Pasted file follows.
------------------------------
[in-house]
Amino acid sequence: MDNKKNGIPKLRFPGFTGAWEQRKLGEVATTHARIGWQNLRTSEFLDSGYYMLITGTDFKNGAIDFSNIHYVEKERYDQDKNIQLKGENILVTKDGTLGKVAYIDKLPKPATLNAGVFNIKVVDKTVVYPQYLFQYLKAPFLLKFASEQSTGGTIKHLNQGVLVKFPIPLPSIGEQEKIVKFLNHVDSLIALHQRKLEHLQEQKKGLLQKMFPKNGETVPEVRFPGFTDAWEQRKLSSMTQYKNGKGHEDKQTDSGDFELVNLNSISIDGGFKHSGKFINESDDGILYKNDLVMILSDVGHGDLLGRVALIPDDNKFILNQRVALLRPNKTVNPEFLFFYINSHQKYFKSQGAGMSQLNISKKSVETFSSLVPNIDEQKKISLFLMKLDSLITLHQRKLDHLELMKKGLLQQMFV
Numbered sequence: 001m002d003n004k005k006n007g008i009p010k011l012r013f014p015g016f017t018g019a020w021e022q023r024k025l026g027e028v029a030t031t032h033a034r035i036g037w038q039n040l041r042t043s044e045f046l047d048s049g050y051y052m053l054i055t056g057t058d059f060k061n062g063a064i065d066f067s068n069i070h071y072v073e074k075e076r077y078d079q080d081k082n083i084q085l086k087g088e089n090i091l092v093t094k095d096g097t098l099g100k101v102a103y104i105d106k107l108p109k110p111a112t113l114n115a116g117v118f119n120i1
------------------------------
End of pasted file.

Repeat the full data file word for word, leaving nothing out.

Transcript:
[in-house]
Amino acid sequence: MDNKKNGIPKLRFPGFTGAWEQRKLGEVATTHARIGWQNLRTSEFLDSGYYMLITGTDFKNGAIDFSNIHYVEKERYDQDKNIQLKGENILVTKDGTLGKVAYIDKLPKPATLNAGVFNIKVVDKTVVYPQYLFQYLKAPFLLKFASEQSTGGTIKHLNQGVLVKFPIPLPSIGEQEKIVKFLNHVDSLIALHQRKLEHLQEQKKGLLQKMFPKNGETVPEVRFPGFTDAWEQRKLSSMTQYKNGKGHEDKQTDSGDFELVNLNSISIDGGFKHSGKFINESDDGILYKNDLVMILSDVGHGDLLGRVALIPDDNKFILNQRVALLRPNKTVNPEFLFFYINSHQKYFKSQGAGMSQLNISKKSVETFSSLVPNIDEQKKISLFLMKLDSLITLHQRKLDHLELMKKGLLQQMFV
Numbered sequence: 001m002d003n004k005k006n007g008i009p010k011l012r013f014p015g016f017t018g019a020w021e022q023r024k025l026g027e028v029a030t031t032h033a034r035i036g037w038q039n040l041r042t043s044e045f046l047d048s049g050y051y052m053l054i055t056g057t058d059f060k061n062g063a064i065d066f067s068n069i070h071y072v073e074k075e076r077y078d079q080d081k082n083i084q085l086k087g088e089n090i091l092v093t094k095d096g097t098l099g100k101v102a103y104i105d106k107l108p109k110p111a112t113l114n115a116g117v118f119n120i1